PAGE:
Liverpool are now twelve games into their 2013/14 season. Aaron Cutler takes this opportunity to assess our summer signings so far.
Eleven games into the Premier League season and Liverpool sit pretty. Two points adrift of leaders Arsenal, the reds encouraging start has ratcheted up expectation. What began as a sceptical bid for Champions League qualification may yet morph into an unexpected title tilt. Indeed as Brendan Rodgers side improve, their rivals have developed a curious case of inconsistency. It is becoming evident that 2014 represents the best opportunity in six years to book a seat at Europe’s top table.
The Gunners clinched fourth spot last term with a points haul of 73. Brendan Rodgers side are currently averaging better than two points a game, putting them well on course for a top four berth. Big hurdles still remain, with a daunting Christmas period likely to define our season overall. But to this point we have fared well, generally taking advantage of an unusually kind fixture list. Moreover our standard of play is beginning to emulate the end of last season.
Take defeat to Arsenal out of the equation and the team has appeared far more fluid and dangerous in recent weeks. West Brom and Fulham were defeated with no small amount of swagger, Liverpool adding panache to supplement victory. Phillipe Coutinho has returned to add greater creativity, while Luis Suarez is playing like a man possessed. The signs are positive and should we can take advantage of a seemingly ‘routine’ set of home games between now and February, even a slight blip could be overcome.
With a quarter of the season now gone, time has come for initial judgement on summer acquisitions. In all Liverpool signed eight first team players during the last window. Two months since its close, some have made a bigger impact than others.
A long-awaited ‘marquee’ signing , Mamadou Sakho was billed as the brute force Liverpool’s defence so badly craved. At just 23 he packed considerable pedigree – having captained PSG and featured for the French national team. Big and imposing, it was hoped he would strengthen a suspect rearguard.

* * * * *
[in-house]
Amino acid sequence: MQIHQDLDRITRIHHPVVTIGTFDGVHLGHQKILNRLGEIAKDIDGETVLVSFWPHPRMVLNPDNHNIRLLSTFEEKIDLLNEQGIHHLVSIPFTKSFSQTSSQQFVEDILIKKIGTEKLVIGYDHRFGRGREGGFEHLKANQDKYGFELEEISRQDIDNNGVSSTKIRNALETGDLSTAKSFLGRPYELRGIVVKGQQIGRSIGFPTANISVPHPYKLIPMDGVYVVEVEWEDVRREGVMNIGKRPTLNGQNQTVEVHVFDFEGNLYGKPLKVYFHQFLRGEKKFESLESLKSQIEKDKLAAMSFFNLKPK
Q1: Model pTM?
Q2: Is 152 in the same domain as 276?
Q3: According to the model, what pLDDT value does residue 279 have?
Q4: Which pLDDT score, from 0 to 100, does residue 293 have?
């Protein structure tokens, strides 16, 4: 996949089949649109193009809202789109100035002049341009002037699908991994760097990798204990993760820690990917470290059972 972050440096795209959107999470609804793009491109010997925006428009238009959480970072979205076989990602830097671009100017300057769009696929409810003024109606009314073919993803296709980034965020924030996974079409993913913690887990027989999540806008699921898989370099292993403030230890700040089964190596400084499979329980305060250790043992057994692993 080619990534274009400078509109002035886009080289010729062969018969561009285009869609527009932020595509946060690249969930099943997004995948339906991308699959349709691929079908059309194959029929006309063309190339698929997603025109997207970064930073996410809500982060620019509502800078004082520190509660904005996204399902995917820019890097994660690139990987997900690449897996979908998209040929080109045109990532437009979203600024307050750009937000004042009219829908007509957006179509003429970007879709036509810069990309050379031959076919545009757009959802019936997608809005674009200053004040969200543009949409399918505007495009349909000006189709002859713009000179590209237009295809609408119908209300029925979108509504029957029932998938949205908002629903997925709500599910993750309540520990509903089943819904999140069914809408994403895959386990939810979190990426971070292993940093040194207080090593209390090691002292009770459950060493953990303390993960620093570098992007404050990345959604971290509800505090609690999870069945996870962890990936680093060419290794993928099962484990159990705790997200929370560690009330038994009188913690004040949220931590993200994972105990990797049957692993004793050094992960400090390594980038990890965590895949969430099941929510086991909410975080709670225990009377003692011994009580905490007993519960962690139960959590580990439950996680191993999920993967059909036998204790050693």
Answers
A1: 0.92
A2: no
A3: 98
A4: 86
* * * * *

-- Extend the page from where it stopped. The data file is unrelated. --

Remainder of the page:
Sakho’s arrival was viewed as the final nail in Martin Skrtel’s coffin, however if anything the Slovak has inhibited his integration. Since starring in the defeat of Manchester United Skrtel has featured in every game. So impressive has been his form that Rodgers has even changed systems to accommodate three or four centre halves.
At Swansea a 3-5-2 was deployed, while Sakho and Kolo Toure even occupied full-back roles in a doomed experiment at home to Southampton. Both players were relegated to the bench last weekend, testament to Skrtel’s rebirth.
Sakho’s omission was slightly harsh given his improved form. An eventful start at The Liberty Stadium frightened many but in time the Frenchman has grown more composed and distinguished. An initial tendency to jump-in has been quelled, while his possession stats are always high. Indeed, a success rate of 92% for passes attempted is nothing short of exceptional for a defender.
If anything he looks better in a three. Having two experienced centre-halves beside him has aided his adjustment to the English game. It offers greater protection while he beds into the league. Eventually, one would expect him to line-up as one of two in a back four.
That big frame of his may occasionally cause problems – he can be slow on the turn and wayward in the clearance – but rest assured he is far from Djimi Traore Mk II. He is improving with every game and has all the hallmarks of a top long-term signing.